"Oh yes," Brian Quirk, who has more than 50 years experience in the world of surf lifesaving in the Bay, said.

"I think we're in for a very long and hot summer."

Which, he added, would almost certainly result in busier times for the volunteer crews who man the surf lifesaving stations along the often unpredictable Hawke's Bay coastline.

Given the way the season had already started that was well on the cards.


Since patrols began at Ocean Beach on November 12 there had been seven rescues even before the second week of December had arrived.

And last weekend a teenager was helped from the waters of Waimarama after getting into difficulty.

Very early, very concerning, Mr Quirk said.

"The main cause of this is the fact the numbers [of beachgoers] are so dramatically higher because of the early heat we've had.

"There is much greater attendance at the beaches than we would normally have at this time of the year."

Mr Quirk, who is the director of lifeguards at the Westshore Surf Life Saving Club and the chief lifeguard examiner for Hawke's Bay, said in normal years it was around this time that the numbers heading off to the beaches for a dip slowed a "slight" picking up.

"But it is already way up at all the clubs."

It was also way up in terms of times outside normal patrol periods as people, to dispel the heat, would head off to the seaside after work, or any time they really felt like.

"And it's a fact of life that we can't be on patrol all the time."

Mr Quirk said there was something of a traditional Kiwi "she'll be right" attitude at play in many cases.

"Kiwis think the sea is a friendly place to drop into."

In so many cases it was not, he said.

Beaches like Waimarama, Ocean Beach, Waipatiki and Marine Parade were "not really safe".

They had issues of undertow and, more threateningly, rips.

People getting into trouble will simply keep happening, Mr Quirk said as the frustrating and long-standing "she'll be right" approach was taken.

If there was to be a solution to the issue of swimmers getting into distress, and to reduce the chances of it, it was a simple "think about it" approach.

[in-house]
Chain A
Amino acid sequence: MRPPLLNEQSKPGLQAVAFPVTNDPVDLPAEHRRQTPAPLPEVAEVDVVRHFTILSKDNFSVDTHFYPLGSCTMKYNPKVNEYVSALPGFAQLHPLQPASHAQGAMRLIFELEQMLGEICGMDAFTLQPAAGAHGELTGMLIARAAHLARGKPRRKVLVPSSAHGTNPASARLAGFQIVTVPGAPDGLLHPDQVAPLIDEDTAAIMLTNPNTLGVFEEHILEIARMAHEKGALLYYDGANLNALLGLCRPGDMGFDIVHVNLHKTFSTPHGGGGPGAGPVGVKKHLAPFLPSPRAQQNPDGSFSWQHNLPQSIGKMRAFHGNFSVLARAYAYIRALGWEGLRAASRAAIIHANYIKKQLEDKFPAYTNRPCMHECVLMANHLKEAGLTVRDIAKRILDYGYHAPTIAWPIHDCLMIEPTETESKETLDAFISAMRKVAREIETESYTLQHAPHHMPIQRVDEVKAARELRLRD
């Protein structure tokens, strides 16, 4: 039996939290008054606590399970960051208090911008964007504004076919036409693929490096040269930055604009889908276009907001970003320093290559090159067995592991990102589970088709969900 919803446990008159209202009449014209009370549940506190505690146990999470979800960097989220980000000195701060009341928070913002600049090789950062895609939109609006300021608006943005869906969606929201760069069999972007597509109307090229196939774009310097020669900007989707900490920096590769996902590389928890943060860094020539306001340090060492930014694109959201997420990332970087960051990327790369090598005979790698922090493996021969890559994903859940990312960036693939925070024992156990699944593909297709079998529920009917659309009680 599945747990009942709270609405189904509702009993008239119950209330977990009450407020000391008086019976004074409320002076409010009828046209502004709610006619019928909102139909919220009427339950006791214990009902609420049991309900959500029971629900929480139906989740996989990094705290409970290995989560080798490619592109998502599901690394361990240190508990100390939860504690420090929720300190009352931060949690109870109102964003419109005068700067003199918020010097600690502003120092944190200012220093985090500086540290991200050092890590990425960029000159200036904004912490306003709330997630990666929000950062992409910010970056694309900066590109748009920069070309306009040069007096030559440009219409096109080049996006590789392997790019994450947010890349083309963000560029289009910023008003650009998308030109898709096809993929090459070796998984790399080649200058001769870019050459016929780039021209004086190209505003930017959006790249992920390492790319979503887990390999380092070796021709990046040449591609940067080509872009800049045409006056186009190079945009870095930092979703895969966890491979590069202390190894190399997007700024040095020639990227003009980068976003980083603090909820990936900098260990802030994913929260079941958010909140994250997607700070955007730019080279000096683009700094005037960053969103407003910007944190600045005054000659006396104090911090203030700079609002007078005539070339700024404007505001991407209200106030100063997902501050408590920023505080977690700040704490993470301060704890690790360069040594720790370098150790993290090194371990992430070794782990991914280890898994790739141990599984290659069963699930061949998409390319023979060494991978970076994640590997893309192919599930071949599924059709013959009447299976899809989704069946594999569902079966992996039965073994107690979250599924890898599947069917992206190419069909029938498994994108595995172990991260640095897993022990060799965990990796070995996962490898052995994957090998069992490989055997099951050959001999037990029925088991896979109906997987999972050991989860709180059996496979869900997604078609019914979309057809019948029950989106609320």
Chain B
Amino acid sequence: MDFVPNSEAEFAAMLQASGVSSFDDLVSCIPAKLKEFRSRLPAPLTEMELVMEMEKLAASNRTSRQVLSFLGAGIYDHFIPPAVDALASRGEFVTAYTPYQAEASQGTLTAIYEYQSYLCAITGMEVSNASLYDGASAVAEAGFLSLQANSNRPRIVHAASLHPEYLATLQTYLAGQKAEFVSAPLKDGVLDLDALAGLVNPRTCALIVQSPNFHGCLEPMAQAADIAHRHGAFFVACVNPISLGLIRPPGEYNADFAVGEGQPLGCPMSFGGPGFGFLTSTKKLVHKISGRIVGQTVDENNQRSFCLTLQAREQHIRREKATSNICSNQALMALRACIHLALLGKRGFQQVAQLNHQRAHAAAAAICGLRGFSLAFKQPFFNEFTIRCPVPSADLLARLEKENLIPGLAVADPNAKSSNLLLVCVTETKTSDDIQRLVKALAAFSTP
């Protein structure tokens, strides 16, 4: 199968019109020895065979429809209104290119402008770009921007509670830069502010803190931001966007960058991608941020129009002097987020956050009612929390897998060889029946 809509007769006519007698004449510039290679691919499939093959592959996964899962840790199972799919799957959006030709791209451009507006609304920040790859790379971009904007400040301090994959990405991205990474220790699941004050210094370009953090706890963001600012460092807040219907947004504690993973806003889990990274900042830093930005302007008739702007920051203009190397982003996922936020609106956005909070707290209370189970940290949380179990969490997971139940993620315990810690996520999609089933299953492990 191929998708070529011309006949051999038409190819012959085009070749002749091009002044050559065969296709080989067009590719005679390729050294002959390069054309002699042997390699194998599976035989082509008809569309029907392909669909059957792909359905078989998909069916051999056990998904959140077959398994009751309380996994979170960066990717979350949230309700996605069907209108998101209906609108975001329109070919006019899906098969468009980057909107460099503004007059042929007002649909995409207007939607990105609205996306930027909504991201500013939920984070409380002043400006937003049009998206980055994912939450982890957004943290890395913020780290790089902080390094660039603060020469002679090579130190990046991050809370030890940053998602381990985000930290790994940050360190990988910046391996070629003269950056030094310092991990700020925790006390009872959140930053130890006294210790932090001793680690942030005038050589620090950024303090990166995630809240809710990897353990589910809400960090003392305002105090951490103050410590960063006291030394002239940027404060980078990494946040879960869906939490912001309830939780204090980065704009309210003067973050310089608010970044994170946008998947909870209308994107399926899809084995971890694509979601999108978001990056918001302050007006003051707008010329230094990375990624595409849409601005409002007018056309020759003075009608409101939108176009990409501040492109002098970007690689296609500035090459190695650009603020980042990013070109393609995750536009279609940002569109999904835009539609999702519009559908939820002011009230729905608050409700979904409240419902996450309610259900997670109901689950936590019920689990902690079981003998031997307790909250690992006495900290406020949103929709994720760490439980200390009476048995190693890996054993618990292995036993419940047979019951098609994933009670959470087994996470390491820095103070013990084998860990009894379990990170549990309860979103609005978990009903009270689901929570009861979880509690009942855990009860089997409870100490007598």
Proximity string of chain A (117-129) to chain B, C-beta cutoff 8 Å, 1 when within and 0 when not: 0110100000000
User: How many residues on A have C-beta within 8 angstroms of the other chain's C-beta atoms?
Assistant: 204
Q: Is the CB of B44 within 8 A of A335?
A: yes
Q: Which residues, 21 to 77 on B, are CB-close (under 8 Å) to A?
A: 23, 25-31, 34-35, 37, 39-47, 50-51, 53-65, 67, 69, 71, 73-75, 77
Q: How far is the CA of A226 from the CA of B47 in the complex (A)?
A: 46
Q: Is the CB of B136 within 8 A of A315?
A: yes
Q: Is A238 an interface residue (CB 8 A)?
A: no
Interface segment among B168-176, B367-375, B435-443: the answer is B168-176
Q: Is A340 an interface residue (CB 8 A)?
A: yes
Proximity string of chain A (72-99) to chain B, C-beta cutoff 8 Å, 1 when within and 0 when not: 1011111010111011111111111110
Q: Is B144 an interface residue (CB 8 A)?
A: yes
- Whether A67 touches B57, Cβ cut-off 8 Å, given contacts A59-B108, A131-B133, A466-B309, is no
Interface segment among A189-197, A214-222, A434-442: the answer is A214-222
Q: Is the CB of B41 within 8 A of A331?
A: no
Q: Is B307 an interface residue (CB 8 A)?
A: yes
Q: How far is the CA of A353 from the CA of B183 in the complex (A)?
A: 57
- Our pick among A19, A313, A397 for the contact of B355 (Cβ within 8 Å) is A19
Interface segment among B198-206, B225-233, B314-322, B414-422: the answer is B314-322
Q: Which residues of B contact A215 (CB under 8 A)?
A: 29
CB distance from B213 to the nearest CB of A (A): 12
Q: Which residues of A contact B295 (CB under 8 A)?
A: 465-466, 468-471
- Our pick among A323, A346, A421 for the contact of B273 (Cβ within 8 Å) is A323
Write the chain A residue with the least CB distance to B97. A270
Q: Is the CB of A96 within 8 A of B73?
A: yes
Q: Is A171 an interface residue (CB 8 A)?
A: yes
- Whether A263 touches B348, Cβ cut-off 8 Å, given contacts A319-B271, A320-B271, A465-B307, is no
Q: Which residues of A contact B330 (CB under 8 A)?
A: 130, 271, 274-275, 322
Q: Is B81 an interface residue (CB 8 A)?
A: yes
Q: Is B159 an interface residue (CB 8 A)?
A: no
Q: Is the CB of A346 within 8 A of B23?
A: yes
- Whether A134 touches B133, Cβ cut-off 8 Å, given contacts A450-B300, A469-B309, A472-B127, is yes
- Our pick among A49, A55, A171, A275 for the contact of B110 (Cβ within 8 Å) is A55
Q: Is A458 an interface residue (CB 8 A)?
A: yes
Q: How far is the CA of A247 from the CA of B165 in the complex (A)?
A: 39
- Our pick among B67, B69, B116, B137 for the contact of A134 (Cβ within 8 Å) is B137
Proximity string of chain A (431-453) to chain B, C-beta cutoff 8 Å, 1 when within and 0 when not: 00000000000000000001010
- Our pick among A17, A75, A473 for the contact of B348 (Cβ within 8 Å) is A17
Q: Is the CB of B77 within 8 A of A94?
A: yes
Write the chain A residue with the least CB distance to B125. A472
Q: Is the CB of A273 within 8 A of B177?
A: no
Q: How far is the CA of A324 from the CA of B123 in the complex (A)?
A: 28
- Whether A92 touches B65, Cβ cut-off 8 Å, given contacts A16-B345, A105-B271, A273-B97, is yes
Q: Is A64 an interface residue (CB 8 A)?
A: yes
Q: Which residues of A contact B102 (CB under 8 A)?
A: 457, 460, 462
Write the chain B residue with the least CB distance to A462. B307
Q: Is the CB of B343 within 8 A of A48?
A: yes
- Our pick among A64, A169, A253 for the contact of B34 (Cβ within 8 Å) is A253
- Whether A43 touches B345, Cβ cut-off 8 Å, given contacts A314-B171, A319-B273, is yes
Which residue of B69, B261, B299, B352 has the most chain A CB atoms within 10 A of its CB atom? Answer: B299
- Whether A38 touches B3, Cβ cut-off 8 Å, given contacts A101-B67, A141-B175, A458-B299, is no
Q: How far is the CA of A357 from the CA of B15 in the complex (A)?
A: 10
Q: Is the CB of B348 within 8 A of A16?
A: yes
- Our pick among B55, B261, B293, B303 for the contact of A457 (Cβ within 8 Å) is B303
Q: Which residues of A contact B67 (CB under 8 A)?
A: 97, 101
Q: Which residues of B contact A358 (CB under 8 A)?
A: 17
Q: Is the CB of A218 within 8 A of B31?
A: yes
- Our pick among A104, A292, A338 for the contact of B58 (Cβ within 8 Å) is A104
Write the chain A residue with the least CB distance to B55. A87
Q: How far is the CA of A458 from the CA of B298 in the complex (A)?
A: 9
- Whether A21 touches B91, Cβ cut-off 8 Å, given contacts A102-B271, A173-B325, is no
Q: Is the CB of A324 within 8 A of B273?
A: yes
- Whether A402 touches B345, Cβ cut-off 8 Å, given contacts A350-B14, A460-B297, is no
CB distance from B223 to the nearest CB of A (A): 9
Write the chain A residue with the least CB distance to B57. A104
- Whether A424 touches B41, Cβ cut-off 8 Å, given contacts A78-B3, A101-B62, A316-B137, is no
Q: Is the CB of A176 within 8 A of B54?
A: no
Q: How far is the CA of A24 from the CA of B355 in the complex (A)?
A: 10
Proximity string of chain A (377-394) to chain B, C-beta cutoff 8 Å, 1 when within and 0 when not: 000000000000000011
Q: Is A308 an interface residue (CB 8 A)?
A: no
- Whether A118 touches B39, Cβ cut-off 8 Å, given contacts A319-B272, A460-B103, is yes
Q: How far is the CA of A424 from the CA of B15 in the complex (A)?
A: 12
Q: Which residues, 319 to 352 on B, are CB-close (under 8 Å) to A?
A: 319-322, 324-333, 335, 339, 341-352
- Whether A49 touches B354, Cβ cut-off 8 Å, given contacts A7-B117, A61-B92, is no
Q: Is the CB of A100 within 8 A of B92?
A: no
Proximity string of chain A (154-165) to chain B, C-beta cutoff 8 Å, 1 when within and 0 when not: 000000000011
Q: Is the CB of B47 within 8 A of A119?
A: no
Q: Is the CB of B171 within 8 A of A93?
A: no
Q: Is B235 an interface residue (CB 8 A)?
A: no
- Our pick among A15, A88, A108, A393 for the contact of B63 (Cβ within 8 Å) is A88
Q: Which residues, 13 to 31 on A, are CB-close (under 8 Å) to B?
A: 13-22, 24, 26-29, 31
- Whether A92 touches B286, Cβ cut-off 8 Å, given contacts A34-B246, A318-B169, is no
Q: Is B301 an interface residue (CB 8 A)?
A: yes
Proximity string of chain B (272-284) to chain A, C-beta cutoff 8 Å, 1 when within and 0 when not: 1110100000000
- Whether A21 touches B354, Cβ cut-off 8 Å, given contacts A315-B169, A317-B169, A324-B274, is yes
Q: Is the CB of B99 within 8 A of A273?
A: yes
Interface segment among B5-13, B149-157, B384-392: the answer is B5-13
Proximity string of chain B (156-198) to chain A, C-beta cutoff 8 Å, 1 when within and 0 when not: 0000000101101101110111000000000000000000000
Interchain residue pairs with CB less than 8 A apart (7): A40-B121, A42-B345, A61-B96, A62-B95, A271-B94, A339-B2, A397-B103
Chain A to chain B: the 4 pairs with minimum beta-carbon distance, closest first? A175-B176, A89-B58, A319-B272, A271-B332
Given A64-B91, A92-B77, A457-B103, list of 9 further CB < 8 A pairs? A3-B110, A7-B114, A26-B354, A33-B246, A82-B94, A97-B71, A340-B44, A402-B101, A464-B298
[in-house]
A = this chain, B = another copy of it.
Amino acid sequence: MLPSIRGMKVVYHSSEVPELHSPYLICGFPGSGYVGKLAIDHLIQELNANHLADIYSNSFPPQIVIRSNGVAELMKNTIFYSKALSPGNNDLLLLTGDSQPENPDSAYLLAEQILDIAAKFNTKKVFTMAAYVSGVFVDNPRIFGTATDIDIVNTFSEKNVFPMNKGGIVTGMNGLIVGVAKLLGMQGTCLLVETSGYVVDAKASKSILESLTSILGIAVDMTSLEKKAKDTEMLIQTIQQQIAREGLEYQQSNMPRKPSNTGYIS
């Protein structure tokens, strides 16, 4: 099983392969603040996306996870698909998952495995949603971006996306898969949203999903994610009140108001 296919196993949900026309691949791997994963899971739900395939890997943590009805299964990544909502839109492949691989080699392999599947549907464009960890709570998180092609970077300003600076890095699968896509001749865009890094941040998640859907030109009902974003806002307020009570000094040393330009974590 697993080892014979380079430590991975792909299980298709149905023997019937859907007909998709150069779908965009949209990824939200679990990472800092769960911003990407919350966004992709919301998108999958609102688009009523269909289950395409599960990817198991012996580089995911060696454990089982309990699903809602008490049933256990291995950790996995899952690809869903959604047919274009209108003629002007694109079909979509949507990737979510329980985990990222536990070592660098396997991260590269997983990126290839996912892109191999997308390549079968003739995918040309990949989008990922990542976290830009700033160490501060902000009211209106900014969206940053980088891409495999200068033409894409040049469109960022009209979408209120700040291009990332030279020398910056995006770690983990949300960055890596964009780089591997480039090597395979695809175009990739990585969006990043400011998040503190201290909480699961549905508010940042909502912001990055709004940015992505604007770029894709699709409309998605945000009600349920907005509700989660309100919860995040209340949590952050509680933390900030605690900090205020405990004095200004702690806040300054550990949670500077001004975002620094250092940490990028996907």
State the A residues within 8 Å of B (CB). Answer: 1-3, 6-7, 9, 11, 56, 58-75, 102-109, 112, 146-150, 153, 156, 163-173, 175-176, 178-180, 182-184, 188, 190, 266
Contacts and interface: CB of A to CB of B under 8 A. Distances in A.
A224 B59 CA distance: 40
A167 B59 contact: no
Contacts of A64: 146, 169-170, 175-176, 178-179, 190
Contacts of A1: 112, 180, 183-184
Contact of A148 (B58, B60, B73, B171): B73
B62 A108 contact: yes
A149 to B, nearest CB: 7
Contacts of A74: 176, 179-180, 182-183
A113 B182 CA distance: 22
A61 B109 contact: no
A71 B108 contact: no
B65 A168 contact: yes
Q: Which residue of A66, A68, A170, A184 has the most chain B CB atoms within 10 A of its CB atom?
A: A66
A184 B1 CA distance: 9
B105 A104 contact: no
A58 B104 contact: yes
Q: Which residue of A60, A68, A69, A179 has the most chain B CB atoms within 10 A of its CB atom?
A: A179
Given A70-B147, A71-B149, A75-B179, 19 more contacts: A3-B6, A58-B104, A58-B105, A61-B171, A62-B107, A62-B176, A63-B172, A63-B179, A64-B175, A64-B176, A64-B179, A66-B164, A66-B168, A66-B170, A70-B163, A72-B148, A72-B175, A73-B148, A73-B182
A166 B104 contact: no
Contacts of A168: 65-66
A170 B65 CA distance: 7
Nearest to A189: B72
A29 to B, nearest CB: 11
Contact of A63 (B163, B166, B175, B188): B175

If in any doubt at all stay out.

If they arrived at a spot where there were few people they need to ask "why is there no one here?"

The answer could be the strangely calm patch of water within an otherwise wave-tumbling landscape.

The rip.

"And never swim in clothes ... that is just kamikaze stuff," Mr Quirk said.

"But it still happens."

The main ingredient to enjoying a sweltering day cooling off in the sea, apart from the obvious swim in patrolled areas, was one word.


"Take nothing for granted — be cautious."

He said the clubs and the guards did all they could and had the best resources for the job available to keep people safe in the sea, but at the end of the day it came down to the people doing the dipping.

"We have patrol areas but to see people outside it — that can be a bit aggravating."

Bryan Faulknor, a stalwart of the Ocean Beach Kiwi Life Saving Club who like Mr Quirk also has a half century of service and experience under his belt, agreed the early summer heat was exceptional.

"It is very unusual to have this early heat — you normally don't get this at this early time and we've had it for several weeks."

Which, he agreed with Mr Quirk, pointed to a long hot, and potentially busy summer for the guards.

He also echoed his opinion that the heat was leading to people swimming outside the usual patrol times, and outside the patrol areas.

"They have to be mindful of safety and just take care."

He said beaches like Waimarama and Ocean Beach were exposed and susceptible to changing conditions, and the creation of rips.

There had been more than usual for the start of the season.

"But they may settle down."

Like Mr Quirk, he said the standards of swimming between the flags and when patrols were operating, and not taking risks if the conditions looked uncertain, had to be stuck to.

He's seen many a summer and still has the "occasional" dip.

And he too had one word for swimmers to put to good use.